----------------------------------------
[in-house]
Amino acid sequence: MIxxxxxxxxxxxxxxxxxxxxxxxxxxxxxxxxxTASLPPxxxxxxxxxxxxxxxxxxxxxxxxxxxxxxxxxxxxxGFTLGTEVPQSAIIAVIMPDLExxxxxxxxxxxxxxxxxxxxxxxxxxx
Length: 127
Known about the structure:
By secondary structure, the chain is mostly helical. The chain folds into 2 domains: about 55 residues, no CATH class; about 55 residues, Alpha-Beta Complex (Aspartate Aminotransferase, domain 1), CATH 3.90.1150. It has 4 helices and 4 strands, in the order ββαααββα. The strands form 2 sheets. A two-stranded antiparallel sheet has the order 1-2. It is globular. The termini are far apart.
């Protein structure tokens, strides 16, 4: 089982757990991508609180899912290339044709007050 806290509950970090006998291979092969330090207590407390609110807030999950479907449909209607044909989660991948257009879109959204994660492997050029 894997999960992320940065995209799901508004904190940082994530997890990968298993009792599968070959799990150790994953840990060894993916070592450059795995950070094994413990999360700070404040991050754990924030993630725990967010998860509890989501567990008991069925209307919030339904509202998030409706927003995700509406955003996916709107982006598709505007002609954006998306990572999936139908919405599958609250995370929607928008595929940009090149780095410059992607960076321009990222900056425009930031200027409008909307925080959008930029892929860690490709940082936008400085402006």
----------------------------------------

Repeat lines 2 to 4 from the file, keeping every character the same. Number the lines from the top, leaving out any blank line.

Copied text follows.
Amino acid sequence: MIxxxxxxxxxxxxxxxxxxxxxxxxxxxxxxxxxTASLPPxxxxxxxxxxxxxxxxxxxxxxxxxxxxxxxxxxxxxGFTLGTEVPQSAIIAVIMPDLExxxxxxxxxxxxxxxxxxxxxxxxxxx
Length: 127
Known about the structure: